The study states that if animal products included the cost of their carbon footprints, their prices would hit the roof.
A new report published in the journal Nature Communications states that meat could cost 146 % more if the polluter-pays principle was applied to various processes of meat production.
According to the study the ‘consequential costs of the greenhouse gases emitted’ and the resulting ‘climate impacts’ would make animal products such as milk, cheese and especially meat grossly expensive.
The current study, which is primarily concerned with the climate impacts resulting from the production and consumption of food, showed that even dairy products would cost 91% more than they are today and prices for organic foods would surge as well with organic meat being 71% more expensive and organic dairy costing 40 % more.
Agriculture led greenhouse gases
The study states: “Agriculture is one of the main sources of man-made greenhouse gases, accounting for 24 % of global emissions.
“This figure alone shows how great is the need for adjustment, but also the potential of the primary sector to achieve the climate targets of the Paris Agreement, to keep global warming at a level well below 2° C.
“The ‘European Green Deal’, which aims to reduce the European Union’s net emissions of greenhouse gases to zero by 2050, can also only be achieved with the involvement of agriculture.”
Extent of climate damage
In order to illustrate the extent of climate damage by animal agriculture, the researchers determined which emissions occurred at which points in food production for different types of cultivation and husbandry and mapped them to the various food products according to their source.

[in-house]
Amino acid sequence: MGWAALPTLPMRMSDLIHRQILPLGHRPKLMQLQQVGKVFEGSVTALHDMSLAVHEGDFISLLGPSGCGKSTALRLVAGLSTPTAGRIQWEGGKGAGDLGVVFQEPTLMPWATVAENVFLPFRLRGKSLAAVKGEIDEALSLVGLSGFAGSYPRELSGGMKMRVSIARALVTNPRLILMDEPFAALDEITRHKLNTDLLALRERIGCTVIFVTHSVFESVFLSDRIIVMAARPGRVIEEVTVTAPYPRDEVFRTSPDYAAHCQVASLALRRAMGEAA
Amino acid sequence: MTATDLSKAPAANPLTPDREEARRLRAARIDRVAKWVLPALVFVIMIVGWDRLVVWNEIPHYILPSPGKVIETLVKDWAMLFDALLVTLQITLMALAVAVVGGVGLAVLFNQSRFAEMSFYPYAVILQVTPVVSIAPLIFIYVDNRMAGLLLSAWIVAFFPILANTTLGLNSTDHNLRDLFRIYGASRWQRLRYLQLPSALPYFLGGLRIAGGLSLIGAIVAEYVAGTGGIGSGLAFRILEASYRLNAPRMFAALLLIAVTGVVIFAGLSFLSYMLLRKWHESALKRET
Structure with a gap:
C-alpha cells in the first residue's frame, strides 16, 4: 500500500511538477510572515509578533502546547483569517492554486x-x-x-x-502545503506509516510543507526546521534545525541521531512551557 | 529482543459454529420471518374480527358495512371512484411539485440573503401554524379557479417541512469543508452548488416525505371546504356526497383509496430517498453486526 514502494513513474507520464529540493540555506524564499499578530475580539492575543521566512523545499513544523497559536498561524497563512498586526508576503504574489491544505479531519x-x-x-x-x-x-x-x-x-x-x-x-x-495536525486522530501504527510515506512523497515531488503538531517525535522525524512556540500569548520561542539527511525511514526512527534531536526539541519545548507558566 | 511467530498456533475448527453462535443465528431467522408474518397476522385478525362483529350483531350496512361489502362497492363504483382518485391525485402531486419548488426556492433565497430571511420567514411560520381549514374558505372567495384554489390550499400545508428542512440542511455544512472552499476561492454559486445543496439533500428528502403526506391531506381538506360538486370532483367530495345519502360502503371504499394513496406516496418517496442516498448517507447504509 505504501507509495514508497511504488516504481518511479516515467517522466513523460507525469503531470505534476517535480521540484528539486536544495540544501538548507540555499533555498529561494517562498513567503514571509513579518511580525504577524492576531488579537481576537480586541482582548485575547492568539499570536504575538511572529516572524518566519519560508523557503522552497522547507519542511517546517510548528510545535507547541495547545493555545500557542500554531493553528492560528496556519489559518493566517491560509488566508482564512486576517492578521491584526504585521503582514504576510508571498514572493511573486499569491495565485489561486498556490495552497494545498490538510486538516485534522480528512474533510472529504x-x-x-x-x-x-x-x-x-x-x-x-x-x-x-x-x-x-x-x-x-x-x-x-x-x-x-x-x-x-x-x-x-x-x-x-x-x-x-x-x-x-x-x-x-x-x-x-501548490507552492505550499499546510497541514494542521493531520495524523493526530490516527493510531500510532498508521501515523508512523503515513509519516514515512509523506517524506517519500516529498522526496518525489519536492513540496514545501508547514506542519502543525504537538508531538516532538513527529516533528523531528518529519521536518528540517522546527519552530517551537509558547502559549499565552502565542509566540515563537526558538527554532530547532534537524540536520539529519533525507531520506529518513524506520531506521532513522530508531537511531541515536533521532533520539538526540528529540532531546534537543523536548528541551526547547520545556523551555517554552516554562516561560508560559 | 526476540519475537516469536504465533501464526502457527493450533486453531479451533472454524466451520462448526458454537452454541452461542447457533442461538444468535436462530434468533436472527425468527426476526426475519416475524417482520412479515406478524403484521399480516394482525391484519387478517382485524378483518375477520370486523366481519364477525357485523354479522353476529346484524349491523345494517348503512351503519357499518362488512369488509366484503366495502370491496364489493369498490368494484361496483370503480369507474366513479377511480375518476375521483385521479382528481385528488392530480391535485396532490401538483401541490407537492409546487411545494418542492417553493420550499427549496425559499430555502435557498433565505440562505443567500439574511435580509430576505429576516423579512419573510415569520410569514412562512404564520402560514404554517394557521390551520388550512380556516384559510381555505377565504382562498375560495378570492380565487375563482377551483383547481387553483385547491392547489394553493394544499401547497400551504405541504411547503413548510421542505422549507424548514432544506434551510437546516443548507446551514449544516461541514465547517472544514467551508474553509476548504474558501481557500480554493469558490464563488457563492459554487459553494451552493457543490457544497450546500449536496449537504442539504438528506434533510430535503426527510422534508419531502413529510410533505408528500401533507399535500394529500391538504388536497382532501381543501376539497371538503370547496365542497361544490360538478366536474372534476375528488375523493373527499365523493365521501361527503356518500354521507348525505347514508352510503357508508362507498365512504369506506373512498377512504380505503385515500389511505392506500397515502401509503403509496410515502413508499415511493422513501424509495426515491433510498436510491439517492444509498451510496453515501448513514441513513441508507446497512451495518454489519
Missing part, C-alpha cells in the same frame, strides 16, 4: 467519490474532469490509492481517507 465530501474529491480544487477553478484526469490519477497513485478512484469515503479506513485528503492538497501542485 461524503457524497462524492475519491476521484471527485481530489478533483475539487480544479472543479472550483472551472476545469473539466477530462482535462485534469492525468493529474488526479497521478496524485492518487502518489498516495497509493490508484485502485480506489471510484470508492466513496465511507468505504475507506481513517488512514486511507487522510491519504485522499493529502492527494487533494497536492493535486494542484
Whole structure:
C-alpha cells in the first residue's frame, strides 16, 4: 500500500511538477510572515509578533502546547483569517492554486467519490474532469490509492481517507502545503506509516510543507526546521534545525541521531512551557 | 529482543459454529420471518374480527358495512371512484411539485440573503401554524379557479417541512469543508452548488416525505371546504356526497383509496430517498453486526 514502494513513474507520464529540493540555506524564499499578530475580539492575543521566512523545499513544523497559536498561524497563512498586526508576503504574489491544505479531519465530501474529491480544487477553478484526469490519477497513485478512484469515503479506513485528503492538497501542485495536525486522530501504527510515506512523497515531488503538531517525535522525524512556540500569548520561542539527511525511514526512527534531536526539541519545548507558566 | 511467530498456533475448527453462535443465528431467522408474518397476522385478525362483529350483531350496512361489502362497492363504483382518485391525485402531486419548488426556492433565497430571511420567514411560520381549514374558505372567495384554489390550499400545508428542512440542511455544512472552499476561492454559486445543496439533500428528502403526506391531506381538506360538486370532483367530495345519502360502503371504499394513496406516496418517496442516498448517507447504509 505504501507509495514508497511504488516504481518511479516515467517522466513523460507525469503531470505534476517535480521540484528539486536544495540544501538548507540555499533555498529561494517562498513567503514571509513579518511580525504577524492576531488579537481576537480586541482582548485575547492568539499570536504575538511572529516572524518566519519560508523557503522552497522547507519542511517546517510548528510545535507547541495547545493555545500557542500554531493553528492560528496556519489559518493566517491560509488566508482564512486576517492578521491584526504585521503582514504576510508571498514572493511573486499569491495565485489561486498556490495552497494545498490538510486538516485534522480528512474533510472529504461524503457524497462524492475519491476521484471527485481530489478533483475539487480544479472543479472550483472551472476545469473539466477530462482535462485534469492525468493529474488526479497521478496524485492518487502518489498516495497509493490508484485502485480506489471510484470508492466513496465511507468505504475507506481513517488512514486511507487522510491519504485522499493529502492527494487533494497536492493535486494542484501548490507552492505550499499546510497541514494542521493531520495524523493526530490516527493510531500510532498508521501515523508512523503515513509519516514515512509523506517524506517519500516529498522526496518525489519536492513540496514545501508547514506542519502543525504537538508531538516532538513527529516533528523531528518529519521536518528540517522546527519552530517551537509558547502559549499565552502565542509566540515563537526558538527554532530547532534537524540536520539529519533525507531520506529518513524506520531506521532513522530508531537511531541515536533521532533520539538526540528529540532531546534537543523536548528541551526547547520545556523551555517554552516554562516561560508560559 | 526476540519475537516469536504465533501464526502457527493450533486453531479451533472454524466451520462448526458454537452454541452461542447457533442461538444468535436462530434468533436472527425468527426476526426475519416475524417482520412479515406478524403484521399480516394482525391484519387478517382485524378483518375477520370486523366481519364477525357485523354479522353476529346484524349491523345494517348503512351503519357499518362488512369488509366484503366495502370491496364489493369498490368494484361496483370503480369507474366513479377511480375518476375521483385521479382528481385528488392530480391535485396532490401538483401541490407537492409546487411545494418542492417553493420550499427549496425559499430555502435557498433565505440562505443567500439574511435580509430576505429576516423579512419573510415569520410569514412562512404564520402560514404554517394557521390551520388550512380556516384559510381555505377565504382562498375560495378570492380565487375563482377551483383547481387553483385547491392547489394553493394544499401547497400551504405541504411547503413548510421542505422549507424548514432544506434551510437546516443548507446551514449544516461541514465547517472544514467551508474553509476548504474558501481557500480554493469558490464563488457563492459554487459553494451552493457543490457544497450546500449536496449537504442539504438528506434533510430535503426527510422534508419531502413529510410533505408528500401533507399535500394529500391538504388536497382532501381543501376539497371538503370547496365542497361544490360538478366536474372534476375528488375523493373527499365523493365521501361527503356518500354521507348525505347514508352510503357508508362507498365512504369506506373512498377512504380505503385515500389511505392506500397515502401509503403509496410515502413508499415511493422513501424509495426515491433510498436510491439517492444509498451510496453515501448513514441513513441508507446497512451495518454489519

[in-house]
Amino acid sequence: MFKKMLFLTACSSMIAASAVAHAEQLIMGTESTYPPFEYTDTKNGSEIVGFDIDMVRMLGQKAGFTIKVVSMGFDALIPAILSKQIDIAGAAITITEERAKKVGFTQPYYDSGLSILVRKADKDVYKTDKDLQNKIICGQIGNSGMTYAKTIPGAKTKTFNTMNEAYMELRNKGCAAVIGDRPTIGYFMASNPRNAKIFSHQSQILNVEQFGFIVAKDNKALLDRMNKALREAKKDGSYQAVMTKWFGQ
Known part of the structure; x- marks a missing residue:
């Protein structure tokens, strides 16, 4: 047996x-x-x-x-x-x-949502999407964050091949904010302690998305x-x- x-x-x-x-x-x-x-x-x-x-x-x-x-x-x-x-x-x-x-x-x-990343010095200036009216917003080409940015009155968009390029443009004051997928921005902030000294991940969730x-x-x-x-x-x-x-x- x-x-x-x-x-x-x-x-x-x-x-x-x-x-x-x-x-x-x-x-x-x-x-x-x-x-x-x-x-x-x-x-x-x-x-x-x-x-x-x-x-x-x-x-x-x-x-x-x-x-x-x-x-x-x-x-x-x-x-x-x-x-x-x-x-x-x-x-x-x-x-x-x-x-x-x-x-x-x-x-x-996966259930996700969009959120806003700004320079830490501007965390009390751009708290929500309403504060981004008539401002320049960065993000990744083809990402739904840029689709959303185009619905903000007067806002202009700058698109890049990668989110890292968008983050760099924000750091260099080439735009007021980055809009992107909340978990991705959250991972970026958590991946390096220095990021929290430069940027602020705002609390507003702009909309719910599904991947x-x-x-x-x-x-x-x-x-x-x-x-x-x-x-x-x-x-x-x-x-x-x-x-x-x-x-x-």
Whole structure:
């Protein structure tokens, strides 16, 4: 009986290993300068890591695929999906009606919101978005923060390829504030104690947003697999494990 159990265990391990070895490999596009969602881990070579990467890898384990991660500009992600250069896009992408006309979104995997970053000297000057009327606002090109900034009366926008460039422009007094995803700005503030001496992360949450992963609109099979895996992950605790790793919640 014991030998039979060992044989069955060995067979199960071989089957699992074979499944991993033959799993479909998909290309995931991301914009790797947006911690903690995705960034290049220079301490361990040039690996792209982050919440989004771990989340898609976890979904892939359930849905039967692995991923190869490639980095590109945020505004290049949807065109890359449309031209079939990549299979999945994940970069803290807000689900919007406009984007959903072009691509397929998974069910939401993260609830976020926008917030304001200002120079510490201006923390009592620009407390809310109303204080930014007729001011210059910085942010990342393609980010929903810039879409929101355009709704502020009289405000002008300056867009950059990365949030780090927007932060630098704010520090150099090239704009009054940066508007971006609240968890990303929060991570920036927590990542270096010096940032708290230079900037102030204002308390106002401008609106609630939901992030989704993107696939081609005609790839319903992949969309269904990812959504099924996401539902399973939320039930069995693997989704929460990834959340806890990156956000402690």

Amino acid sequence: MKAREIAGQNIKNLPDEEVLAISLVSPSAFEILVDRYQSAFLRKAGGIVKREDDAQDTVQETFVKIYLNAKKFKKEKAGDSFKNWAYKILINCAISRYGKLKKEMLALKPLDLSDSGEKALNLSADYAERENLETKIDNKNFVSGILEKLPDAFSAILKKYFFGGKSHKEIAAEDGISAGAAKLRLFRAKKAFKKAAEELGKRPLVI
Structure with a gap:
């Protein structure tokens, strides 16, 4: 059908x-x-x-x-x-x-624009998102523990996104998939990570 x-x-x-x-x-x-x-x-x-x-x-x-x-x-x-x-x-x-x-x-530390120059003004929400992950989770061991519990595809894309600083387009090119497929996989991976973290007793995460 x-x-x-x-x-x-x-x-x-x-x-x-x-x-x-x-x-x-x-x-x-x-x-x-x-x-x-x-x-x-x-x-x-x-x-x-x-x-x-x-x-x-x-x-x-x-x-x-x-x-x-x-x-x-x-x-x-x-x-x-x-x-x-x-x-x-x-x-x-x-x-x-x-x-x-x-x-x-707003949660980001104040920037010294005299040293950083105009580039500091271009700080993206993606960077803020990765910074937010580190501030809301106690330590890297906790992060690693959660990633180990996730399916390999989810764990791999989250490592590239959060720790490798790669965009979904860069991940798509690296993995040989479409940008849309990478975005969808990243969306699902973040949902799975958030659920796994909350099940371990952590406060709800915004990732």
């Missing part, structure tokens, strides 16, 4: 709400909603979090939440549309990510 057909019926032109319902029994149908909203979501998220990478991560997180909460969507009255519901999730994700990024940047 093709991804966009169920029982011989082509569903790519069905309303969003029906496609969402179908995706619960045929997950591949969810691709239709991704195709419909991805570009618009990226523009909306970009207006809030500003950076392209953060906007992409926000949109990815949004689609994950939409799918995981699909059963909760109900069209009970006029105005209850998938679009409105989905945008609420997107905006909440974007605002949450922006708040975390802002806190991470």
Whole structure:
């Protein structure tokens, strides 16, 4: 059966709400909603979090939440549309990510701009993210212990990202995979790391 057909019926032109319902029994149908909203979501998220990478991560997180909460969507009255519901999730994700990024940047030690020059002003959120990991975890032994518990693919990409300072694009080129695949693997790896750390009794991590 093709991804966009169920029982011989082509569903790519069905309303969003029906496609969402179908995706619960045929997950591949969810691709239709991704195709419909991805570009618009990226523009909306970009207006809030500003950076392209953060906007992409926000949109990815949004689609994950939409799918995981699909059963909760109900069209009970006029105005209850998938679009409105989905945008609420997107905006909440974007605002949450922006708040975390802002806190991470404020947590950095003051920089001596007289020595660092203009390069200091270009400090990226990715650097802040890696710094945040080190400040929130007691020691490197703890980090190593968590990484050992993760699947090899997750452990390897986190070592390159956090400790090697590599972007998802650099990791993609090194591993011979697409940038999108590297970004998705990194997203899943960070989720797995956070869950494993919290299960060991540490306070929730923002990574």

In addition to carbon dioxide, the authors also included nitrous oxide and methane emissions in their calculations. They also determined the climatic effects of land use change caused by the draining of peatlands and the deforestation of rainforest areas, which are then used for the production of animal feed.
After monetizing these parameters, which means converting them into food-specific consequential costs, the authors compared the resulting values to the food prices currently observable on the market.
“We ourselves were surprised by the big difference between the food groups investigated and the resulting mispricing of animal-based food products in particular,” economist and sustainability researcher as well as lead author of the study, Tobias Gaugler said.
“If these market mispricing errors were to cease to exist or at least be reduced, this would also have a major impact on the demand for food,” co-author Amelie Michalke said.
She added: “A food that becomes significantly more expensive will also be much less in demand.”
The authors revealed that they now intend to investigate further environmental impacts of agriculture, such as those resulting from the emission of reactive nitrogen compounds or the energy requirements of the agricultural sector.
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